ABSTRACT: Fractionated technology has revolutionized laser therapy. With the success of initial devices, several fractionated lasers have appeared on the market. Claims of superiority have made device choice difficult for physicians and patients.
Twelve subjects were treated with fractionated ablative lasers (10,600-nm carbon dioxide and 2790-nm yttrium scandium gallium garnet) in this institutional review board-approved trial. Each face was divided into four quadrants, and each quadrant was randomly treated using one of four lasers. Clinical experience was used to optimize settings. Two patients submitted biopsies from each quadrant immediately after treatment. Patients and blinded investigators assessed pain during treatment and post-treatment improvement in photoaging (measured by rhytides, lentigines, texture, and pore size) using a five-point scale.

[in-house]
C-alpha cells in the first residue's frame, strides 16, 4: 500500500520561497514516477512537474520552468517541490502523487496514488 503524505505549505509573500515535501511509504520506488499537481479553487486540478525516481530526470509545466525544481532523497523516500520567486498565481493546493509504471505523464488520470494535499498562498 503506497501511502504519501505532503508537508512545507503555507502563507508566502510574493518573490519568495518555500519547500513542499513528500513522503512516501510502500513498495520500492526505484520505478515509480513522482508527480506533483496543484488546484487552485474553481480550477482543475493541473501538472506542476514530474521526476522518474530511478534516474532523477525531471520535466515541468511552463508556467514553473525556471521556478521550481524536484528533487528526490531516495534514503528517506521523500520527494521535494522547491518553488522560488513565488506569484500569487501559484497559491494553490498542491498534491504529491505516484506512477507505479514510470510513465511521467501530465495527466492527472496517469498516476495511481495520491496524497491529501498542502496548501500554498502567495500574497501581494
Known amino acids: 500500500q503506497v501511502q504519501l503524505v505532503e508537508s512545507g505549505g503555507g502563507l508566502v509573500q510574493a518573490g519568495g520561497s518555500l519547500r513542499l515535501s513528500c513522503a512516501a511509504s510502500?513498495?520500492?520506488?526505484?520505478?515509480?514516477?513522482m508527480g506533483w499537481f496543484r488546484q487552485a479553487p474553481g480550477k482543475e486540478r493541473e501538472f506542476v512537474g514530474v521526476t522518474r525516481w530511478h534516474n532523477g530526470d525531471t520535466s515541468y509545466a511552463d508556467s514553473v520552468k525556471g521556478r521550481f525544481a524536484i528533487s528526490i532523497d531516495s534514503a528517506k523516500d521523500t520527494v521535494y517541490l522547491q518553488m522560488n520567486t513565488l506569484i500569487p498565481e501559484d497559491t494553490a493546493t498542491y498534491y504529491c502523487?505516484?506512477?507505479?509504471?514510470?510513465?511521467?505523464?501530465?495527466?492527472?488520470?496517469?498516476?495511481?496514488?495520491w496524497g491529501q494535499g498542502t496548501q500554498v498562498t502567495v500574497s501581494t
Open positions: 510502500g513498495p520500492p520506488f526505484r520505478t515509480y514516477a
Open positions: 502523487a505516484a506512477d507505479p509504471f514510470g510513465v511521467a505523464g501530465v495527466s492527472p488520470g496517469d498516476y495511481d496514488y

All devices resulted in statistical improvement in photoaging in all patients, but no device was statistically significantly superior. No statistically significant difference was found in pain scores. All patients reported satisfaction 1 month after treatment. Three patients experienced adverse reactions. Histologically, there were no statistically significant differences between devices.
Fractionated ablative lasers reliably result in improvement in photoaging. Despite marketing claims, no statistically significant differences were found in outcomes, pain during treatment, or histologic findings. Even with experienced users, significant adverse reactions are possible.
Dermatologic Surgery 07/2012; 38(9):1477-89. · 1.80 Impact Factor